Catastrophic Failure

What Does Catastrophic Failure Mean?

A catastrophic failure in IT is an event that substantially impairs, damages, shuts down or incapacitates part or all of a system. Catastrophic failures stop core operations and impede the ability of business systems to do their jobs in real time. These events require some concerted IT response and, in many cases, long-term planning for prevention.


Techopedia Explains Catastrophic Failure

It is important to point out that catastrophic failures such as disk drive crashes, power surges, malware infestations and other major IT events can be classified as catastrophic, not by their inherent nature, but by how they affect the system, depending on its engineering and build. For example, planners use things like redundancy strategies and failover mechanisms to make systems more resilient – such that one particular catastrophic failure can affect two systems in very different ways. Suppose that system A has real-time data backups and failover systems in place, while system B is only running one database operation from one server. A localized IT event like the ones mentioned above would lead to catastrophic failure in system B, while system A hums smoothly along. The goal is to build systems that function smoothly and gracefully, regardless of various events that can cause catastrophic failure in more primitive systems.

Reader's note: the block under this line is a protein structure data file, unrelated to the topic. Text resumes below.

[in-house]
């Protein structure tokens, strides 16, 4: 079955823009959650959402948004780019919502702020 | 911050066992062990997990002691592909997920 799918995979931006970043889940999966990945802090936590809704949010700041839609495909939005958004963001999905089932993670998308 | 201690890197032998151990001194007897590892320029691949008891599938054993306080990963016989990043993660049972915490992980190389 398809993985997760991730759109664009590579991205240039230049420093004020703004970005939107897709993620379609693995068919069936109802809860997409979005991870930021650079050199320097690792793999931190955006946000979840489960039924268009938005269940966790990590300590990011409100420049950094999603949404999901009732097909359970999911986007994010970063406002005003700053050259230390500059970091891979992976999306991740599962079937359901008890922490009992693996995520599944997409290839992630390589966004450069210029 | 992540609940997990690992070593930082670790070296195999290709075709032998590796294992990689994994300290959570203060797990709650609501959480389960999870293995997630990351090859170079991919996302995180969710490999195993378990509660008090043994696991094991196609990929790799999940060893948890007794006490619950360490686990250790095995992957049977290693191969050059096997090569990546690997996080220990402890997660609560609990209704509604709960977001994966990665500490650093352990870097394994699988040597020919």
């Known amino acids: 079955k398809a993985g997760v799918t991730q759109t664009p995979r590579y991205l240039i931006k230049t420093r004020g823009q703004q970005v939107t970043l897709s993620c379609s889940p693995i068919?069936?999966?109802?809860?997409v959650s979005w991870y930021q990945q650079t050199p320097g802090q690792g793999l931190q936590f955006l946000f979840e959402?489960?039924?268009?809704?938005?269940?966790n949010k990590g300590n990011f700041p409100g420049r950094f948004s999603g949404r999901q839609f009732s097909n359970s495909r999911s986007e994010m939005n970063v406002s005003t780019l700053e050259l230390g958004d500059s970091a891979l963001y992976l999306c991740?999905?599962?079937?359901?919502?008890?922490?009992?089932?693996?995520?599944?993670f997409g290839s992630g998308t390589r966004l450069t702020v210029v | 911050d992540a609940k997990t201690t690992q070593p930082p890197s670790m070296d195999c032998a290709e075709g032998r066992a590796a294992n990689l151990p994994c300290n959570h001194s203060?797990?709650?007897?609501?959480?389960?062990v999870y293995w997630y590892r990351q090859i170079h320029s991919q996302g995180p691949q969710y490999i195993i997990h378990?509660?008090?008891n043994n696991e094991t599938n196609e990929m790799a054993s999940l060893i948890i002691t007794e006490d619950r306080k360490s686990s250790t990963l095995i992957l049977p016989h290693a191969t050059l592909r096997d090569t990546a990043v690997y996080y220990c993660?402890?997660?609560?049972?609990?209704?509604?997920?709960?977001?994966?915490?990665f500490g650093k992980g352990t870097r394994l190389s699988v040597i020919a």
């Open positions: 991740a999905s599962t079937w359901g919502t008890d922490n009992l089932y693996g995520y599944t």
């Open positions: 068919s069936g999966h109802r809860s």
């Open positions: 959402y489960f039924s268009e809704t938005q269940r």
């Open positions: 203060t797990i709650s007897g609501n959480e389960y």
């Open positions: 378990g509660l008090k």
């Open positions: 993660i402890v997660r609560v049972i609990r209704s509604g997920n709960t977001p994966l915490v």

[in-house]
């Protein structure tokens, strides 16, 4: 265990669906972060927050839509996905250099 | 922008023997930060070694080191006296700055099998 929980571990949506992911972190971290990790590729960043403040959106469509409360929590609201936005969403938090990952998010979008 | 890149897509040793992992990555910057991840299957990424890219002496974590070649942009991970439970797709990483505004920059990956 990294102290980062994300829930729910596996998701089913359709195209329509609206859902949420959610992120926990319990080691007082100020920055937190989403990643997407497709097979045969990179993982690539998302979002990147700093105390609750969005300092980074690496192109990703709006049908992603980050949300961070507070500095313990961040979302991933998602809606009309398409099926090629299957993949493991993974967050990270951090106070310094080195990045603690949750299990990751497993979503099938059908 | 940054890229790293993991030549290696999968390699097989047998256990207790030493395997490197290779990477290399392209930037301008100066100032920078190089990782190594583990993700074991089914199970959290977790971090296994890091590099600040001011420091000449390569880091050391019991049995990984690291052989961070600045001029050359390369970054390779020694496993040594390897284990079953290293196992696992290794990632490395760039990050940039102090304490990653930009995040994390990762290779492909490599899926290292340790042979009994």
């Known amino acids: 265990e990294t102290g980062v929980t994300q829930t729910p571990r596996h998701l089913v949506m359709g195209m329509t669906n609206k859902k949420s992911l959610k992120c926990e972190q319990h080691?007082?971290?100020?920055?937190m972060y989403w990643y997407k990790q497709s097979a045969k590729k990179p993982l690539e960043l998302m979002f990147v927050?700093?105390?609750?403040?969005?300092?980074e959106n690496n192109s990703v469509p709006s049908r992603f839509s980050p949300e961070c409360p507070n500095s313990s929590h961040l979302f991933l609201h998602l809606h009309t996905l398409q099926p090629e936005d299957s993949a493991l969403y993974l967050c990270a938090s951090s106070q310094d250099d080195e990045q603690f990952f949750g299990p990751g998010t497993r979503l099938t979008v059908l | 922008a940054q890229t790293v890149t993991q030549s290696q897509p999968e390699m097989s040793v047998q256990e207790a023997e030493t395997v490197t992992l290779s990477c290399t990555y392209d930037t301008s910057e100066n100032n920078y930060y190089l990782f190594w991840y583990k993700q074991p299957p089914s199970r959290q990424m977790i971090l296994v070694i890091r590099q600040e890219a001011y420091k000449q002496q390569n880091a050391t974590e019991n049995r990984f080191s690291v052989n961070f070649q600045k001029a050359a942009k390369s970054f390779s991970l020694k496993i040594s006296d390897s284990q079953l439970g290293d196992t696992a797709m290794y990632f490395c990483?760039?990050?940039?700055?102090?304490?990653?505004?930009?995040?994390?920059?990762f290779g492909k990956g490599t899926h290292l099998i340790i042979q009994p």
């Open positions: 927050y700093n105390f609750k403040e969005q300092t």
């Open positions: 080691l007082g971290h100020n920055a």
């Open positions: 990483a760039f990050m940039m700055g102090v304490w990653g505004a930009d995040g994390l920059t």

With this in mind, it is up to businesses to identify what constitutes a “catastrophic failure” and to plan to prevent it. Business leaders can look at things like downtime and data loss as elements of catastrophic failure, while trying to preemptively engineer network protections and other strategies to avoid these catastrophic failures, and protect business IT systems.


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Margaret Rouse

Margaret Rouse is an award-winning technical writer and teacher known for her ability to explain complex technical subjects to a non-technical, business audience. Over the past twenty years her explanations have appeared on TechTarget websites and she's been cited as an authority in articles by the New York Times, Time Magazine, USA Today, ZDNet, PC Magazine and Discovery Magazine.Margaret's idea of a fun day is helping IT and business professionals learn to speak each other’s highly specialized languages. If you have a suggestion for a new definition or how to improve a technical explanation, please email Margaret or contact her…